Making Government Work

Ohio’s Redistricting Plan Makes Fair Elections Possible

January 7, 2015
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Ohio’s Redistricting Plan Makes Fair Elections Possible
Ohio is taking steps to find a more balanced and lasting way to map out voting districts. Ty Wright/Getty Images
Congressional mapping in favor of one party could be banned.

Each time redistricting voter districts enters the national dialogue, along with it comes partisan politics and gerrymandering. But Ohio is taking steps to quell the dissent and find a more balanced and lasting way to map out voting districts.

Recently, the Ohio House gave final approval to a plan to draw voter maps using a bipartisan process with the goal of making elections more competitive.

Legislatures draw voting maps in 37 states, while 13 states use commissions — with some independent and others politically appointed — to define districts that are meant to be less partisan. In Ohio, the Apportionment Board is made up of three elected state officials including the governor, auditor and the secretary of state, as well as one member from each party chosen by the legislatures, according to the New York Times.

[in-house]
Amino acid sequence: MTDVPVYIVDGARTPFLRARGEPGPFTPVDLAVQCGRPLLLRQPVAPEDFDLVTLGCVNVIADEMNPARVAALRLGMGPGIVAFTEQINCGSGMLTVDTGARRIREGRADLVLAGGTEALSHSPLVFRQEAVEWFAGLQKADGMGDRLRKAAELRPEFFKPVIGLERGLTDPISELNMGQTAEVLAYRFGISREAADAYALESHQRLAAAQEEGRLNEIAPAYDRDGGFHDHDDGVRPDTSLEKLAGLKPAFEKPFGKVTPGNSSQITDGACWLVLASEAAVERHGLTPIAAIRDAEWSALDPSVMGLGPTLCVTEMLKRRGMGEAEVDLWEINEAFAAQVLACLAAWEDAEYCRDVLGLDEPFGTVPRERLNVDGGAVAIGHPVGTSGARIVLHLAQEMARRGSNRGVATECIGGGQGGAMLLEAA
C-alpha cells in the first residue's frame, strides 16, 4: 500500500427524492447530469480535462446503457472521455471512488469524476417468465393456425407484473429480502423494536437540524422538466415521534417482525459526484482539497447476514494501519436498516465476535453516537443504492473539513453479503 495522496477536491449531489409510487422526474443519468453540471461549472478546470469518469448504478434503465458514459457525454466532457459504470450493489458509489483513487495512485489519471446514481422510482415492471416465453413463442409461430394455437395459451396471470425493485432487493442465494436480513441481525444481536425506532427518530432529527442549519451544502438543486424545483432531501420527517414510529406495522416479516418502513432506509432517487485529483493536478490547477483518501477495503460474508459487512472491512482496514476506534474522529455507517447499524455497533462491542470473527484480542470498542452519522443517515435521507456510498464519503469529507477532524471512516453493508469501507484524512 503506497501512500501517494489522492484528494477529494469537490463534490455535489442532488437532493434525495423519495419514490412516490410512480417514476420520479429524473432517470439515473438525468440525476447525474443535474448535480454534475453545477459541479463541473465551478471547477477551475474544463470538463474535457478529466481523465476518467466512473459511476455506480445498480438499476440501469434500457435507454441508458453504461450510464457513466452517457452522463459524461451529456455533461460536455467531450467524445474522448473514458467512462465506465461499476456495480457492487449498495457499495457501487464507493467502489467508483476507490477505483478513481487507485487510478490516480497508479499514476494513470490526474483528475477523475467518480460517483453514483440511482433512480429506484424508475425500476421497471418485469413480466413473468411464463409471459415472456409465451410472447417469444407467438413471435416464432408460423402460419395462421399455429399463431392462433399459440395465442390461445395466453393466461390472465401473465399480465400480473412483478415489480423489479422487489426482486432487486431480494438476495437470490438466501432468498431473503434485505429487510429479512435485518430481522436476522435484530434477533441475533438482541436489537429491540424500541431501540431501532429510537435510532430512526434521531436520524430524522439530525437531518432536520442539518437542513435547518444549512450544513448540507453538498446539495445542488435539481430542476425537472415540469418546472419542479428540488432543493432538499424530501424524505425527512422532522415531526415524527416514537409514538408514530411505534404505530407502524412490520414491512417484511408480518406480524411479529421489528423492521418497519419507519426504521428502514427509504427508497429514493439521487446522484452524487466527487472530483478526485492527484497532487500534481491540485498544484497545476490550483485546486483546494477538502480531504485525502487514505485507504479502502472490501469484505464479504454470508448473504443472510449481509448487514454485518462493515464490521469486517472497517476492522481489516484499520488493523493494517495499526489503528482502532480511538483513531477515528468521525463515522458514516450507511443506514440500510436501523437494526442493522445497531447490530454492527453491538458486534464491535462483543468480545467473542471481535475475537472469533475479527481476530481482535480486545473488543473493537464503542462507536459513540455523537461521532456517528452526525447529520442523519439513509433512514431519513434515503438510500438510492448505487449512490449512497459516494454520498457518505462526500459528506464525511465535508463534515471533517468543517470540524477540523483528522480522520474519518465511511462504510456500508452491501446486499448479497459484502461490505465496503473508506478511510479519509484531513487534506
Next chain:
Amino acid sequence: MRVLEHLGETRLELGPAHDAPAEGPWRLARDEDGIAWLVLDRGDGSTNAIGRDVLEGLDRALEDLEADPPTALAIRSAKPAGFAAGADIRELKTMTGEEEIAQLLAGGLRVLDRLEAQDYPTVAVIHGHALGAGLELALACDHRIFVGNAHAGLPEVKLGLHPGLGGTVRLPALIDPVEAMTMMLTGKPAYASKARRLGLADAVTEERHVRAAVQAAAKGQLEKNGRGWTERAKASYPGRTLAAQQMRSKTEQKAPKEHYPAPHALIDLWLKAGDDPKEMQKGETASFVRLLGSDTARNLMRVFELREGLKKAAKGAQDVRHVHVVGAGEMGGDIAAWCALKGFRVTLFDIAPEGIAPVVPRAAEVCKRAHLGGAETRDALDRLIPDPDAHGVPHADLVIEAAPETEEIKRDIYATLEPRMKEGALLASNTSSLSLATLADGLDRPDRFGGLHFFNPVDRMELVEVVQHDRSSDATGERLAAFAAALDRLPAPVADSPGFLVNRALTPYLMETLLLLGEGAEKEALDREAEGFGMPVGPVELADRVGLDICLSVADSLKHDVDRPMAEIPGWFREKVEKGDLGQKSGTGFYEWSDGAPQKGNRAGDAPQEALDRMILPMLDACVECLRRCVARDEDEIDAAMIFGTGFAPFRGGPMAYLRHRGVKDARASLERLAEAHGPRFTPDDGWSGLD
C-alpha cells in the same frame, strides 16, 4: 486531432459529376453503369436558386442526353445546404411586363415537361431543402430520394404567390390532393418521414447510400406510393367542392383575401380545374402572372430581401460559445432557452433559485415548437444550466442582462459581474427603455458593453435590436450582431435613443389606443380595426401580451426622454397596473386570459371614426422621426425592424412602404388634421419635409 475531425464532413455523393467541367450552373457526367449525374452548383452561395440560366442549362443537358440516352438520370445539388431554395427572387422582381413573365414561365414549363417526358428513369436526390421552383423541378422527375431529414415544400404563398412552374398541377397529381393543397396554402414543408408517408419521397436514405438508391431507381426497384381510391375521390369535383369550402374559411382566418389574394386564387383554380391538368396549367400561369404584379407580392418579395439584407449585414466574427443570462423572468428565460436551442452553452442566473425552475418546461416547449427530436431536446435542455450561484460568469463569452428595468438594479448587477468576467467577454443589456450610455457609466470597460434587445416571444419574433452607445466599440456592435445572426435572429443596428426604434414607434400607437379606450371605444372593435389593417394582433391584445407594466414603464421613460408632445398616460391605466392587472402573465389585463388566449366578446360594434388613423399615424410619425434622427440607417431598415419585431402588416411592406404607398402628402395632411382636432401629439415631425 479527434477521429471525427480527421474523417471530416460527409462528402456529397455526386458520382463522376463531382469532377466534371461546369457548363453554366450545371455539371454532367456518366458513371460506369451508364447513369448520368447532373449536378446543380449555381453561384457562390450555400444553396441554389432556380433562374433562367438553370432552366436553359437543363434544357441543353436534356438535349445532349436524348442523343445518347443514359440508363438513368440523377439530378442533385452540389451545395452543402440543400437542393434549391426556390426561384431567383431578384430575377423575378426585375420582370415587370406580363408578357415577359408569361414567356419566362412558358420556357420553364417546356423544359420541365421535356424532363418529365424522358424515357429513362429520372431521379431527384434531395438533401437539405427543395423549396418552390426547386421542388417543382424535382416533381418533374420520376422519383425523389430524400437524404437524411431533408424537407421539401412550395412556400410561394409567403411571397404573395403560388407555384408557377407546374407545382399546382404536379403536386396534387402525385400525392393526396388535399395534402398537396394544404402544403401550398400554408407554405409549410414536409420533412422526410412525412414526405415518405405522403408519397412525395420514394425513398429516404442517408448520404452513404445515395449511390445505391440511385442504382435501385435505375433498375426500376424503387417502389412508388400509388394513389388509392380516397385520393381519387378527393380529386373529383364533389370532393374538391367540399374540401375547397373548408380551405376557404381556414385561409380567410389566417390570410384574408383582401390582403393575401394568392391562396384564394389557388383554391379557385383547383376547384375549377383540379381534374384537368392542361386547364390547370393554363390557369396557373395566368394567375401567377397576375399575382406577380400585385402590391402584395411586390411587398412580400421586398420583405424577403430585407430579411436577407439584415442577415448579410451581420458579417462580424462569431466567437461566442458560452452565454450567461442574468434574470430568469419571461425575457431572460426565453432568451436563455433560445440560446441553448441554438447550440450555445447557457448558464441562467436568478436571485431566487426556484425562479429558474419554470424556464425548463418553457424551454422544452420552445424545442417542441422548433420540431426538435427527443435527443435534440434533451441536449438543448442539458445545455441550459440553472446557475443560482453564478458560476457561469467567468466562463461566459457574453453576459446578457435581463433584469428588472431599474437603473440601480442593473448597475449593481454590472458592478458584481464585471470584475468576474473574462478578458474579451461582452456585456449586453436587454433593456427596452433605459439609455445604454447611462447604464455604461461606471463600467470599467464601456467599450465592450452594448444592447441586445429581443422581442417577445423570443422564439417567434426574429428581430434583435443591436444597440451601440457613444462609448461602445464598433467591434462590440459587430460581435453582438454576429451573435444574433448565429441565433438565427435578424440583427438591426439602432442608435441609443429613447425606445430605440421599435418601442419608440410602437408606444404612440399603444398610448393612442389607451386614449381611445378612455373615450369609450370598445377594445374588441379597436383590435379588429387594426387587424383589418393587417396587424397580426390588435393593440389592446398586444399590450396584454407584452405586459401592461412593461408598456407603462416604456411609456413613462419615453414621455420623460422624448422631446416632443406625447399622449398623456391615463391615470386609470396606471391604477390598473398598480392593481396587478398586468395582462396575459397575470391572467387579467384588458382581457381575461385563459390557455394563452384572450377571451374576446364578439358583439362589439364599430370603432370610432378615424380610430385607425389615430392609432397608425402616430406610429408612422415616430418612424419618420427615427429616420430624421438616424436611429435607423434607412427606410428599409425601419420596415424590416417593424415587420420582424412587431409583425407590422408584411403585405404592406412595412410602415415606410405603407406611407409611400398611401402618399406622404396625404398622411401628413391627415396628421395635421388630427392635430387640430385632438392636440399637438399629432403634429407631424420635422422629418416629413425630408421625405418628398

But the new proposal adds an additional member from each party, and if the minority party members don’t agree with the map, the revisions will only last four years instead of 10. With statewide elections every four years, partisan control could shift, which means it would make more sense to come up with a compromise that the minority party approves of as well.

The new plan is focused on state legislative districts but may have an effect on congressional districts since they are drawn by state lawmakers.

There’s no guarantee, however, that the plan will bring a more balance approach, as more Americans have begun living in communities where they’re politically and ideologically aligned, the New York Times points out. This divide also increasingly applies to the rural and urban divide as well.

“There’s no perfect map, no panacea,” says Morgan Cullen, a policy analyst at the National Conference of State Legislatures.

But Ohio’s move is the first in the last few years to remove partisanship from the process, Cullen adds.

Some state Republicans are praising the move, calling it a step toward ending polarization in the General Assembly, according to Ohio secretary of state Jon Husted. Democratic Senator Nina Turner, who ran unsuccessfully against Husted for secretary of state in November, agrees that the plan would create more balance.

“I always say Ohio is conservative by design and not by desire,” she says. “This really is a tremendous deal.”

Ohio residents must vote to amend the State Constitution in a November 2015 referendum in order to implement the changes, which means they would not go into effect until the next redistricting in 2021.

MORE: The Simple Fix That May Change How We Vote Forever

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